20th November 2018 – last day in Buenos Aires

 

Papers posted, new posts written, luggage ready.  Riding in the airport transfer car.  Barcelona here I come!  That was my expectation for the day.  Simple. And it was. But I managed to live it with a few raised stress levels.

Breakfast down stairs again seemed like a trouble-free zone, until a pesky tiny hot globe tomato spat itself liberally over my white shirt when I tried to spear it.  It is so warm here in Buenos Aires that I was able to scrub out most of the stain upstairs and wear the shirt immediately with minimal visible damage unless a closer inspection was made.  This shirt might be given to the homeless in Barcelona before I leave.

I was all set to give another blouse (one that I had brought to wear on the Gala nights on the ship) to a homeless person in Buenos Aires but couldn’t find a woman. To give it to a man without having the language to suggest he donate it to his wife, sister, cousin etc – well I thought it was all too difficult. Over the coming days I will work on my language ability, so I can dispose of it.   I have made myself a pledge not to try and think in French when I go into southern France on Friday.

The piece de resistance for this morning which took over an hour was my experience at a local post office.  Yesterday I had walked there and found it closed, so this morning I meandered along ready for the 10am opening.  In the minutes beforehand, a queue developed outside the entrance.  I thought it wise to join that line, feeling sure that local knowledge was important.  At a leisurely time post 10am, the grill wound up and the door was open.  I grabbed a ticket from the machine to indicate order of being served and walked into a dilapidated large room with a row of cashiers, and a long wall of tired metal chairs. In two booths sat disinterested cashiers not rushing to activity, while no one occupied the remaining booths.  Along with two dozen others, I sat. At the far end I could see the word paqueteria and wondered if that might mean I should be standing there (did it mean sending packets?).  Neither of the two people either side of me spoke English but when I got out my little Spanish phrase book, I knew they knew I was lost or could be. But they indicated I should wait for my number to be called. I looked at my number. 328.  F….k how do you say 328 in Spanish and more than that how do you hear it/recognise it when called.  I was alert for an ocho. I heard six then seven so was alert for the 8. When it was called, I did recognise it, and everyone looked at me and urged me forward. Wonderful stuff.

I asked, in my limited Spanish, did she speak English and the lovely (heavens we almost became good friends over the next hour) woman said un poco so I knew her English was possibly less than my Spanish. I was able to ask and did explain in my few words I needed to buy an envelope and I showed her the bag of brochures and papers.  She nodded wisely and disappeared into the dimly lit back of the building. For ages.  I took many breaths and hoped she hadn’t died.  I was aware the space behind me was filled to the brim with waiting people, now standing because no seats were vacant.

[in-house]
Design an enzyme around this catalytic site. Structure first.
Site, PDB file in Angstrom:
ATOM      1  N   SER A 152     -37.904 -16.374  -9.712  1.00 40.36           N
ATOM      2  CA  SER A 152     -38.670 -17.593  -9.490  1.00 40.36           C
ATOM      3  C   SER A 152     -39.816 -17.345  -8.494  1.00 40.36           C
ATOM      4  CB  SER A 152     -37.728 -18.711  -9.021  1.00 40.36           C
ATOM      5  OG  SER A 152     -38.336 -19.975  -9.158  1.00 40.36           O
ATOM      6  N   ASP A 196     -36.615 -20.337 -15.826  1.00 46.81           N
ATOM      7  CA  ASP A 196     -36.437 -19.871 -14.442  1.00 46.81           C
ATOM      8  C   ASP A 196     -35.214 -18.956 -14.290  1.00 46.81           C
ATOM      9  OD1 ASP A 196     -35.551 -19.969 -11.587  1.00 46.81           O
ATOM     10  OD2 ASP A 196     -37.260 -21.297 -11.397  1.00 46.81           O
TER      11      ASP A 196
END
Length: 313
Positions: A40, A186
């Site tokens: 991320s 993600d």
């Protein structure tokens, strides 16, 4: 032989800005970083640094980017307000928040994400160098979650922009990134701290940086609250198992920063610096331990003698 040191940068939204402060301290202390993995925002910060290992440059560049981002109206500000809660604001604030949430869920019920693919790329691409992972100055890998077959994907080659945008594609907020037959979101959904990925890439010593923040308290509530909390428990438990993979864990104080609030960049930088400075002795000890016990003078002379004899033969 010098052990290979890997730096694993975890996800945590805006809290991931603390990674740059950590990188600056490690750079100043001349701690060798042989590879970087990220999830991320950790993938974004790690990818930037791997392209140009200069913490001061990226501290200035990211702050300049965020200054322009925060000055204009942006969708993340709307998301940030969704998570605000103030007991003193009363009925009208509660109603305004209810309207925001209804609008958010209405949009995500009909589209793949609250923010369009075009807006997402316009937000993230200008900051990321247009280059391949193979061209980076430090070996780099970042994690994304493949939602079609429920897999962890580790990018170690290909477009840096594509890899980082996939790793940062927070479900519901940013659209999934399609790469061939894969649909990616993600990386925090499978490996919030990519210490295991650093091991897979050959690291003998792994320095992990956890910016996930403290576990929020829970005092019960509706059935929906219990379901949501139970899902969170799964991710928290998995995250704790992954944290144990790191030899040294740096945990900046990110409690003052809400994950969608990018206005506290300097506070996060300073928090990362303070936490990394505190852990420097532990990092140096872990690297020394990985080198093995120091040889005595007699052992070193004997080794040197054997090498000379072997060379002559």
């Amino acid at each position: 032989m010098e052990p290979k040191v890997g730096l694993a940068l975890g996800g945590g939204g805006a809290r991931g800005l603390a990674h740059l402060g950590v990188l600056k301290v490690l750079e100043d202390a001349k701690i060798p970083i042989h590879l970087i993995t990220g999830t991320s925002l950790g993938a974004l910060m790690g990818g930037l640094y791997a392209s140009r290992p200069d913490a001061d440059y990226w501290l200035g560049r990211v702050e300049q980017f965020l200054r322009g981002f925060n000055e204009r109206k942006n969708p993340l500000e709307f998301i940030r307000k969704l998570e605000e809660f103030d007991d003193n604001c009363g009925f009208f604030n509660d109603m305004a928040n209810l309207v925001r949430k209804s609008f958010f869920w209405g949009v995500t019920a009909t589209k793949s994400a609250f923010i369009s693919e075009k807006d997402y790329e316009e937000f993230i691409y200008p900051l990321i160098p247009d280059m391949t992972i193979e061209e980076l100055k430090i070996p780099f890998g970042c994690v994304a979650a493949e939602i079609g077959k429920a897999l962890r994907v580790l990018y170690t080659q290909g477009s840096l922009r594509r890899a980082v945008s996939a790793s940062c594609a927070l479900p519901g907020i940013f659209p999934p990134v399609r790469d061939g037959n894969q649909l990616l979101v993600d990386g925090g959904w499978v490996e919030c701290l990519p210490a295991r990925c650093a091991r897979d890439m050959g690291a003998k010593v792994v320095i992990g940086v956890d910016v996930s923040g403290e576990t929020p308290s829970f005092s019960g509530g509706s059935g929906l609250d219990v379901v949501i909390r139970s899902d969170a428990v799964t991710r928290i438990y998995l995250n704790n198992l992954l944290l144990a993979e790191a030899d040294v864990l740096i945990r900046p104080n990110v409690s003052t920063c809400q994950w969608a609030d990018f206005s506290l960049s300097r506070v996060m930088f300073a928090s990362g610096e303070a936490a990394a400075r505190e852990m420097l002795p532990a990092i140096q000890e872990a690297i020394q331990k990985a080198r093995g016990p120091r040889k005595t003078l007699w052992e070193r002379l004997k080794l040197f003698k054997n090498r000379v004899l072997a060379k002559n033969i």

She returned with a large box. I laughed. Almost hysterically. Even she saw the funny side of what now looked like a puny bag of papers going into a huge mausoleum. She walked in the other direction and, still within sight, produced a large slightly padded envelope and waved it towards me.  I smiled in anticipation. Yes – that looked promising.   But on trial it failed. My documents and brochures were a smidgin too wide and not easily foldable.  Our shoulders slumped. Then she launched into a wonderful long explanation of how I could go out somewhere close by and buy something more suitable much cheaper.  I didn’t understand the detail at all (besides I had limited time with a plane to catch).  I shook my head and said the box was okay. It was easier.  For all of us.

Okay, and the box was handed over the high glass wall by both of us reaching up on our tip toes.  Please fill in the frontispiece and bring it back to me were her instructions.  Off I went and looked at the front of the box.  F…k which boxes do I write what in.  Destina….io seemed like it would mean destination, so I added in all the particulars of June’s address and contact details.  The other section looked like it should come from me but needed an address.  Okay. All too difficult.  I waited until she had finished with her next client when she affirmed it needed my Buenos Aires address. Is the hotel okay. Yes. Hmm well I don’t have all the details.  Bless her – I showed her the street map. She googled, and we came up with all the details required to meet the needs of the Argentine postal service.